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Live Review: Human League with Performance at London Royal Festival Hall – 10th December 2010

By on Thursday, 23rd December 2010 at 2:00 pm

Wow, what a crazy few weeks it has been. It’s always like it this time of year, a mad rush in the weeks leading up to Christmas before the whole music industry flops for a well-earned rest until mid-January. So this is my lame excuse and apology for such an overdue review of the Human League at the Royal Festival Hall with support from Performance.

I was particularly interested in this gig as I have never been to the Royal Festival Hall, and also, being born in the 80s, I have kind of grown up with The Human League, so I was interested to see them live. Royal Festival Hall certainly lived up to expectations, really high ceilings made for fantastic acoustics….and the seats were really comfortable!

We arrived in time to see the support act, Performance. (You can read more about the band in our Bands to Watch piece on them and our review of their album, Red Brick Heart.) Performance are very like the Human League, which makes no surprise seeing as they are supporting them! They are a 3-piece: vocals, a female guitarist and backing vocalist and an electronic drummer and multi-instrumentalist. Their sound is very 80s but with a current pop twist to every track. Each song had strong choruses and I could see them doing quite well. Unfortunately, the band were a little under-rehearsed and looked dazzled by the size of the crowd. And why shouldn’t they be, for a relatively new band this was a hell of an opportunity for them? On the whole, the band really held it together and it was only a matter of a few relatively minor ‘school boy errors’; missing opening cues, guitar straps falling off and the band starting regardless. They had the crowd’s support, so they got away with these little hiccups. I’d like to catch up with them next year once they have toured some more and ironed out these issues.

So, the stage was set for the Human League; lots of white microphone stands, risers and LED backdrops. I did wonder whether this was going to be a ‘throw away throw back gig’ or whether the band could come back and really impress us. The band opened with one of their best known-tracks, ‘Electric Shock’, to mass applause and an almost standing ovation, where the crowd stayed for the rest of the gig. What a great choice for an opener: everyone was really behind this band and the atmosphere was incredible. People were dancing in the stalls as well as in the boxes (badly) and singing back the lyrics. Oakey was dressed in a long black parka jacket, hood up he commanded the stage, pacing from side to side delivering a perfect vocal with attitude like a seasoned pro. He’s still got it.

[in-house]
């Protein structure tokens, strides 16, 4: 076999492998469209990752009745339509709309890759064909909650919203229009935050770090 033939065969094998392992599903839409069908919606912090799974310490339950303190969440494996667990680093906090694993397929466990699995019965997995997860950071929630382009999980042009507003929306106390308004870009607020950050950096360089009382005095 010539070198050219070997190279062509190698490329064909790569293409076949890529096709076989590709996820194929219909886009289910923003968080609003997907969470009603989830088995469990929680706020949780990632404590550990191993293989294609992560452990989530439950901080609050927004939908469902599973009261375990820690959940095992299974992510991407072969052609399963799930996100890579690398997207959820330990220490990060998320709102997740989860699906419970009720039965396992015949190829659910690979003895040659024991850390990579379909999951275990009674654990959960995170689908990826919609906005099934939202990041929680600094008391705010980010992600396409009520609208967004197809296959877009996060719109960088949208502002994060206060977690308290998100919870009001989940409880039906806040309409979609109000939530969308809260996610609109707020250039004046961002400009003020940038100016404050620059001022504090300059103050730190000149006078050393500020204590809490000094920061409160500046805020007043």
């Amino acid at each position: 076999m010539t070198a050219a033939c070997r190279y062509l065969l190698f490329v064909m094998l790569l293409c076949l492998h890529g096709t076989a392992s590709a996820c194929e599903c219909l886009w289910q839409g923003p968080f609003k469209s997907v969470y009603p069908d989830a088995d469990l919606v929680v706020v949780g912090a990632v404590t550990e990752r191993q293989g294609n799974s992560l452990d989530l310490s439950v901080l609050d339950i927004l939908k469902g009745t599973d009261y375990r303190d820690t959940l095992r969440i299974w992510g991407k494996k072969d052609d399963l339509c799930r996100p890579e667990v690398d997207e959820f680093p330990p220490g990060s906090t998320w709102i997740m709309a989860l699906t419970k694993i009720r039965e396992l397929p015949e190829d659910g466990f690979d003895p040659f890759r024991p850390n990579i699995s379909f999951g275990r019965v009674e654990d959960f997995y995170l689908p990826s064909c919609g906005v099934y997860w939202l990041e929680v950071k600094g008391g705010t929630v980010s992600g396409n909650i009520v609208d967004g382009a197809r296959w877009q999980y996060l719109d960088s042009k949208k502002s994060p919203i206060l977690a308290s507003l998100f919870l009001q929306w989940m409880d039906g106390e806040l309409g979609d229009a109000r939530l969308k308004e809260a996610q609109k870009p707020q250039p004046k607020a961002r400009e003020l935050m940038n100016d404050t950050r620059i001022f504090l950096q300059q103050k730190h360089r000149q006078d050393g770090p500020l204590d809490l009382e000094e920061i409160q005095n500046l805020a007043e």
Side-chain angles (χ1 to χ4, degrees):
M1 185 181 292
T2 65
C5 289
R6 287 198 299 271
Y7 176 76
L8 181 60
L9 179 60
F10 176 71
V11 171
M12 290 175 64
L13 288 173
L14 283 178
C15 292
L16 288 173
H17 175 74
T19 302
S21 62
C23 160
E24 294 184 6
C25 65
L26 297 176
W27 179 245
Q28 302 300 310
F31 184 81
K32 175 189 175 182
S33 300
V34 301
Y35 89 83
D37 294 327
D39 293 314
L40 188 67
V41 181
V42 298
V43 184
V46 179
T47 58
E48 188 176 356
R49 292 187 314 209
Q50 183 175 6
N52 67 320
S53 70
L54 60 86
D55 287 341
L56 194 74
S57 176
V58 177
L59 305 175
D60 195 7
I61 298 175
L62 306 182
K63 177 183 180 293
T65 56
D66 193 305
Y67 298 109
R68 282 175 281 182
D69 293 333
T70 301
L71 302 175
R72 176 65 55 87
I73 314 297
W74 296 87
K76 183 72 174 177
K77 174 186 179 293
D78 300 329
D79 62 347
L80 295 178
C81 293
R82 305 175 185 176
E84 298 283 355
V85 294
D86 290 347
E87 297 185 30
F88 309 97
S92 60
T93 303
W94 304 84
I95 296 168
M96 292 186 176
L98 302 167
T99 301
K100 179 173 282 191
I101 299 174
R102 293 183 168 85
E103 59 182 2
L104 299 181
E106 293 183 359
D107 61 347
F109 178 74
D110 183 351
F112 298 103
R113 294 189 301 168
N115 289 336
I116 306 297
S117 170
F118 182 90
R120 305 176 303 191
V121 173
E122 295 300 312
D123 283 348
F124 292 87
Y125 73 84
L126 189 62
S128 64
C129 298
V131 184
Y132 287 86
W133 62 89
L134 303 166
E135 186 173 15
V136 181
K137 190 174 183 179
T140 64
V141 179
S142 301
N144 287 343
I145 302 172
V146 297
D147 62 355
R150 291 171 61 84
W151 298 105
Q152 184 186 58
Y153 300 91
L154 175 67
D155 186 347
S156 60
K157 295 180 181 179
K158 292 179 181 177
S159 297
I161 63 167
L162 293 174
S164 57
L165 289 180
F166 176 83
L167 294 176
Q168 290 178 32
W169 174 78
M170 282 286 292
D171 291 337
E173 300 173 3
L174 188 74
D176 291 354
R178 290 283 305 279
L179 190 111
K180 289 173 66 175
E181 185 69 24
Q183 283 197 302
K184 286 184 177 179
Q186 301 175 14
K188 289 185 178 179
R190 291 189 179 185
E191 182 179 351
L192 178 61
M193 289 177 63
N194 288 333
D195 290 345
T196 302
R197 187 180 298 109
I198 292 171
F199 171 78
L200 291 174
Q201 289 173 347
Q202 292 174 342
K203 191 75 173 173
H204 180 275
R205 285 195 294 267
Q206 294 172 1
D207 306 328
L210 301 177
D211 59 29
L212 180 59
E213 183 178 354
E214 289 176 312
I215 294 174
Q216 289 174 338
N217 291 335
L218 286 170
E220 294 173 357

(Editor’s note: I really wanted to find a good photo of what Human League look like now [versus what they looked like back in the day] so the header photo is from the Londoneer.)

Continue reading Live Review: Human League with Performance at London Royal Festival Hall – 10th December 2010


Live Review: Flashguns at London Old Blue Last – 2nd December 2010

By on Friday, 10th December 2010 at 4:00 pm

Well, it’s been very snowy here in London which means it’s been very cold, which inevitably means that the whole of the UK’s transport system effectively and efficiently grinds to a halt. It happens every year and will probably always happen every year! Nonetheless, I had tickets to the Flashguns single launch at the Old Blue Last and I was going.

Having reviewed their latest single, ‘Come and See the Lights’, I was looking forward to hearing how they performed live. I arrived at the venue and the band had just gone on stage, the room was packed out with what seemed like mainly friends of the band, or maybe fans too, considering the radio support these guys have had in the past. It’s a small stage in here and a somewhat curious venue for a single launch, but we settled in all the same.

I was hoping to hear a really energetic three piece, embellished with the epic vocals and ambiance I had heard on the record, but unfortunately that didn’t really happen. The band had some technical difficulties on the night and it’s a shame as it seemed to be affecting them and they couldn’t get into the gig. Saying that everyone else in the room seemed to be enjoying it, but the sound and performance just wasn’t doing it for me.

The third or fourth song in the set was the single, ‘Come See the Lights’, which was delivered well, but lacked the nuances and production of the record that ultimately turn it into something special. Don’t get me wrong, the band were tight and obviously made the best of a bad situation. There just wasn’t enough dynamic on stage to really hold my attention, even for a set this short; the band only played five or six songs, so hardly had time to leave much of an impression.

Once Flashguns have played some more shows at some bigger venues, I could definitely get behind them as they have some great songs and are great musicians. For now I’ll give them the benefit of the doubt, but the jury’s still out on this one.


Live Review and Film: ‘My Life Story’ and Mark Ronson and the Business Intl at London Abbey Road – 25th November 2010

By on Wednesday, 8th December 2010 at 2:00 pm